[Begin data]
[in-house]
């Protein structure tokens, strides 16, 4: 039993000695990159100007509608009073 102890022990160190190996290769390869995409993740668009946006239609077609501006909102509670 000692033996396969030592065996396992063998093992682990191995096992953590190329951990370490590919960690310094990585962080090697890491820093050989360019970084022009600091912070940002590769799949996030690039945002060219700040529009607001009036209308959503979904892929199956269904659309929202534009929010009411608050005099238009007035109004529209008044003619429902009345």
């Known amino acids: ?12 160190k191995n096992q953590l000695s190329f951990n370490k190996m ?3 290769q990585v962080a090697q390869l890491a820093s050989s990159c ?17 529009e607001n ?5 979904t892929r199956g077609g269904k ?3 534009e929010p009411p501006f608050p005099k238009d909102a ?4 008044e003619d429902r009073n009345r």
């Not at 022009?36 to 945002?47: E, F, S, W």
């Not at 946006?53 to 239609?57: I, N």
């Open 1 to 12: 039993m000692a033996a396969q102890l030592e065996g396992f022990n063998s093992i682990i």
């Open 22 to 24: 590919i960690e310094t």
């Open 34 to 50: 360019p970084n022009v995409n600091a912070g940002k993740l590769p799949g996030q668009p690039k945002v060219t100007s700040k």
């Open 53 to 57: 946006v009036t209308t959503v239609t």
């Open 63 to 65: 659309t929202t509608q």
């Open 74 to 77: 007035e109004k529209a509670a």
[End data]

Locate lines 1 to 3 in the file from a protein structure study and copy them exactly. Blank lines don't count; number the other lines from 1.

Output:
[in-house]
């Protein structure tokens, strides 16, 4: 039993000695990159100007509608009073 102890022990160190190996290769390869995409993740668009946006239609077609501006909102509670 000692033996396969030592065996396992063998093992682990191995096992953590190329951990370490590919960690310094990585962080090697890491820093050989360019970084022009600091912070940002590769799949996030690039945002060219700040529009607001009036209308959503979904892929199956269904659309929202534009929010009411608050005099238009007035109004529209008044003619429902009345």
């Known amino acids: ?12 160190k191995n096992q953590l000695s190329f951990n370490k190996m ?3 290769q990585v962080a090697q390869l890491a820093s050989s990159c ?17 529009e607001n ?5 979904t892929r199956g077609g269904k ?3 534009e929010p009411p501006f608050p005099k238009d909102a ?4 008044e003619d429902r009073n009345r």